The implication that a woman must be sexually appealing to be taken seriously as a thinker did not start with the internet: it’s a charge that has been used to shame and dismiss women’s ideas since long before Mary Wollestonecraft was called “a hyena in petticoats”. The internet, however, makes it easier for boys in lonely bedrooms to become bullies. It’s not only journalists, bloggers and activists who are targeted. Businesswomen, women who play games online and schoolgirls who post video-diaries on YouTube have all been subject to campaigns of intimidation designed to drive them off the internet, by people who seem to believe that the only use a woman should make of modern technology is to show her breasts to the world for a fee.

Like many others, I have also received more direct threats, like the men who hunted down and threatened to publish old photographs of me which are relevant to my work only if one believes that any budding feminist journalist should remain entirely sober, fully clothed and completely vertical for the entirety of her first year of university. Efforts, too, were made to track down and harass my family, including my two school-age sisters. After one particular round of rape threats, including the suggestion that, for criticising neoliberal economic policymaking, I should be made to fellate a row of bankers at knifepoint, I was informed that people were searching for my home address. I could go on.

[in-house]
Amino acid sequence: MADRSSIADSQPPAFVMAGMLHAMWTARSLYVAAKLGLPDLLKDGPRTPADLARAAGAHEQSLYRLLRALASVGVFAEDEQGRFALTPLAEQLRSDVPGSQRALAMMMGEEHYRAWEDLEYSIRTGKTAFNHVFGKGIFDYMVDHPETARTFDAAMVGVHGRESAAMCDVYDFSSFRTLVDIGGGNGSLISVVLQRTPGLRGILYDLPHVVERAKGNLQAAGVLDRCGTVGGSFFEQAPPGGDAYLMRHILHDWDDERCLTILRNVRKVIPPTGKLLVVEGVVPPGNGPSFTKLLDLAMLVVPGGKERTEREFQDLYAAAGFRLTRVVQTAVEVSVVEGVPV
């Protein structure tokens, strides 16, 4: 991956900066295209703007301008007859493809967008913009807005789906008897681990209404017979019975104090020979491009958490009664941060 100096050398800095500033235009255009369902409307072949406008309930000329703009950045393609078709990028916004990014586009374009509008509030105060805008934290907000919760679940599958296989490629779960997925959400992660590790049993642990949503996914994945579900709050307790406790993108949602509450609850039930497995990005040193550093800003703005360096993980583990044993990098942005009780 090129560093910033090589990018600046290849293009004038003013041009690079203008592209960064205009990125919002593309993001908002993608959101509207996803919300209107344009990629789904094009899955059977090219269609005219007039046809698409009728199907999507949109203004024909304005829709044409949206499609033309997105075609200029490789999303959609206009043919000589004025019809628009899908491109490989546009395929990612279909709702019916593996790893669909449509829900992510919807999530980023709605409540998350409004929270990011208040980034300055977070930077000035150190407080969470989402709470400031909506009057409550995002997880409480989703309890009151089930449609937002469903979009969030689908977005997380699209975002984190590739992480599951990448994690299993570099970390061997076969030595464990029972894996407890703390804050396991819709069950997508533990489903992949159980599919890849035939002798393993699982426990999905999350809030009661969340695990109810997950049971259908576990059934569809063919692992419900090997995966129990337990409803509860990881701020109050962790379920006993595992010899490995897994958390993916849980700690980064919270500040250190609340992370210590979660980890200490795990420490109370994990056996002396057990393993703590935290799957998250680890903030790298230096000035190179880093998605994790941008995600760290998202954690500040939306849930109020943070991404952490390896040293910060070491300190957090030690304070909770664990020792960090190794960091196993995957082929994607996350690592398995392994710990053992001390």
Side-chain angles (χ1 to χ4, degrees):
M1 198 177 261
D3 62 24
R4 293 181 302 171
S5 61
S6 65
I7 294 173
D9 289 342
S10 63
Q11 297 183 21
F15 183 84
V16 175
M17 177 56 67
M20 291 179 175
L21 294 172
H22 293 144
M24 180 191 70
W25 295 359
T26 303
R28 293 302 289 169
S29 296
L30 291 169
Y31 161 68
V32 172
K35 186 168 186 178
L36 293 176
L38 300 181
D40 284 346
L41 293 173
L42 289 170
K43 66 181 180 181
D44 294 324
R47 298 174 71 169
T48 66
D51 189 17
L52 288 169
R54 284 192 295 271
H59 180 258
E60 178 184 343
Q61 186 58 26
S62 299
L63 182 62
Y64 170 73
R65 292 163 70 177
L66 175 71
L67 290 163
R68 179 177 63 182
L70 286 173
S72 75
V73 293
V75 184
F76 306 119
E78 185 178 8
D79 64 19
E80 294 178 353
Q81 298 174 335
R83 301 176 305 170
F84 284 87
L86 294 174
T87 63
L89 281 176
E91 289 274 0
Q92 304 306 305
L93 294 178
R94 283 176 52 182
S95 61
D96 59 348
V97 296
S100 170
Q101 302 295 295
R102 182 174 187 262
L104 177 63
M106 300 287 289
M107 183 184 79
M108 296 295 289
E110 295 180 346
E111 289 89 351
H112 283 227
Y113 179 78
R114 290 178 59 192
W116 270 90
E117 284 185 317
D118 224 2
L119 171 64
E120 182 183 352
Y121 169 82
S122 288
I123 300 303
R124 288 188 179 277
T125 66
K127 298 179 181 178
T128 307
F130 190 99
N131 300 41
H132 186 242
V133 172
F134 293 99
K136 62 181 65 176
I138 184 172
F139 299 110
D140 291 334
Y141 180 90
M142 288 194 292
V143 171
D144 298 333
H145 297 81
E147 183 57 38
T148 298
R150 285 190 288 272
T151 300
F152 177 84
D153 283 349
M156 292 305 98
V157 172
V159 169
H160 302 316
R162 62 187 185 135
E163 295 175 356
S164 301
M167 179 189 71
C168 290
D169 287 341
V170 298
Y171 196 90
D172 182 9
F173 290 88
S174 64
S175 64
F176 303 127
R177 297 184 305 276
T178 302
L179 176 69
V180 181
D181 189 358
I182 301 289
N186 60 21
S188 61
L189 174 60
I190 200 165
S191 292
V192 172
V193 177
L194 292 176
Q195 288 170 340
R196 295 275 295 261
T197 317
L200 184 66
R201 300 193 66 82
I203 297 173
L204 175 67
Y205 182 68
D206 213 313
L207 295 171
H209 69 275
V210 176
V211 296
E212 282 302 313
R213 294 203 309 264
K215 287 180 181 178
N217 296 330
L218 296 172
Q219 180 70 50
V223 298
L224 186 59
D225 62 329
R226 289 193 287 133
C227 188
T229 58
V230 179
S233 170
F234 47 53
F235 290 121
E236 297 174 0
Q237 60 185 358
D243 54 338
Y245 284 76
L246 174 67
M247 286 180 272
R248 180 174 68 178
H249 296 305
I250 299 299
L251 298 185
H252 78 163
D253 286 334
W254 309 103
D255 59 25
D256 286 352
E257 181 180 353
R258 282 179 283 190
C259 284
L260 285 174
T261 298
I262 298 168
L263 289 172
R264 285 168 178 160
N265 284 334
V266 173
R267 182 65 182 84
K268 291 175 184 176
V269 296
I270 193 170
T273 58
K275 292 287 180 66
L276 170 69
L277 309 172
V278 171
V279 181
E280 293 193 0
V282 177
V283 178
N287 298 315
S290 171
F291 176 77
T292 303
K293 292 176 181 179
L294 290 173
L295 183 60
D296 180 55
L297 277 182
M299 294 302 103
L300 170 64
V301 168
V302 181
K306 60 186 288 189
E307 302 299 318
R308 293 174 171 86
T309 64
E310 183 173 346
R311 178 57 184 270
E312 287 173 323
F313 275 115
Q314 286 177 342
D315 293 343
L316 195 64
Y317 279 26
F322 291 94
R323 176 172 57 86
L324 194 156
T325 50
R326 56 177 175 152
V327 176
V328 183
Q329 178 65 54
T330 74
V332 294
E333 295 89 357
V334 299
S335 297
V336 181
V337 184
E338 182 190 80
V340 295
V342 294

I’d like to say that none of this bothered me – to be one of those women who are strong enough to brush off the abuse, which is always the advice given by people who don’t believe bullies and bigots can be fought. Sometimes I feel that speaking about the strength it takes just to turn on the computer, or how I’ve been afraid to leave my house, is an admission of weakness. Fear that it’s somehow your fault for not being strong enough is, of course, what allows abusers to continue to abuse.

I believe the time for silence is over. If we want to build a truly fair and vibrant community of political debate and social exchange, online and offline, it’s not enough to ignore harassment of women, LGBT people or people of colour who dare to have opinions. Free speech means being free to use technology and participate in public life without fear of abuse – and if the only people who can do so are white, straight men, the internet is not as free as we’d like to believe.